The government-run command post in Tunis is staffed around the clock by
military personnel, meteorologists and civilians. On the wall are maps,
crisscrossed with brightly colors arrows that painstakingly track the fearsome
path of the enemy.
What kind of invader gives rise to such high-level monitoring? Not man, not
beast, but the lowly desert locust.（蝗虫） In recent months, billions of the
3-inch-long winged warriors have descended on Algeria, Libya, Morocco and
Tunisia, blackening the sky and eating up crops and vegetation. The insect
invasion, the worst in 30 years, is already creating great destruction in the
Middle East and is now treating southern Europe. The current crisis began in
late 1985 near the Red Sea. Unusually rainy weather moistened the sands of the
Sudan, making them ideal breeding grounds for the locust, which lays its eggs in
the earth. The insect onslaught threatens to create yet another African famine.
Each locust can eat its weight (not quite a tenth of an ounce) in vegetation
every 24 hours. A good-size swarm of 50 billion insects eats up 100,000 tons of
grass, trees and crops in a single night.
All ﹩150 million may be needed this year. The U. S. has provided two
spraying planes and about 50,000 gal. of pesticide. The European Community has
donated ﹩3.8 million in aid and the Soviet Union, Canada, Japan and China have
provided chemical-spraying aircraft to help wipe out the pests. But relief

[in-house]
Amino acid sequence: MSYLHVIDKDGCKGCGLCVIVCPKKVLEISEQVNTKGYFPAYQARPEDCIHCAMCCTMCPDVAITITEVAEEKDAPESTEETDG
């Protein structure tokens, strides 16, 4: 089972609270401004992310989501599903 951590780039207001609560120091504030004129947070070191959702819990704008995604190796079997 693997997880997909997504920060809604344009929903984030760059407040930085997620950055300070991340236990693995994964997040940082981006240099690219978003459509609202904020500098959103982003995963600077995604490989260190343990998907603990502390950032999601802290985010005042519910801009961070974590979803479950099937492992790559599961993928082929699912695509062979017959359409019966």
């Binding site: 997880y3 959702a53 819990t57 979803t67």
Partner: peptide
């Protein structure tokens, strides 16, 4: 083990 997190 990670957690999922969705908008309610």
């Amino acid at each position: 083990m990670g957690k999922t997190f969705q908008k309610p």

efforts are hampered by the relative mildness of approved pesticides, which
quickly lose their deadly punch and require frequent replications. The most
effective locust killer dieldrin has been linked to cancer and is banned by many
Western countries and some of the affected African nations. More then 5 million
acres have been dusted with locust-killing chemicals; another 5 million will be
treated by the end of June.
On May 30, representatives of Tunisia, Algeria, Libya, Morocco and
Mauritania will meet in Algiers to discuss tactics to wipe out the ravenous
swarms. The move is an important step, but whatever plan is devised, the locust
plague promised to get worse before the insects can be brought under control.
1. The main idea of the first sentence in the passage is that ___.
A. the command post is stationed with people all the time.
B. the command post is crowed with people all the time.
C. there are clocks around the command post.
D. the clock in the command post is taken care of by the staff.
2. The favorable breeding ground for the locust is ___.
A. rich soil.
B. wet land
C. paces covered crops and vegetation
D. the Red Sea
3. People are alert at the threat of the locust because ___.
A. the insects are likely to create another African famine.
B. the insects may blacked the sky.
C. the number of the insects increases drastically.
D. the insects are gathering and moving in great speed.
4. Which of the following is true?
A. Once the pesticides are used, locust will die immediately.
B. Relief efforts are proved most fruitful due to the effectiveness of
C. Dieldrin, the most effective locust killer, has been widely accepted in
D. Over 10 million acres of affected area will have been treated with
locust-killing chemicals by the end of June.
5. The purpose for affected nations to meet in Algiers on May 30 is ___.
A. to devise antilocust plans.
B. to wipe out the swarms in two years.
C. to call out for additional financial aid from other nations.
D. to bring the insects under control before the plague gets worse.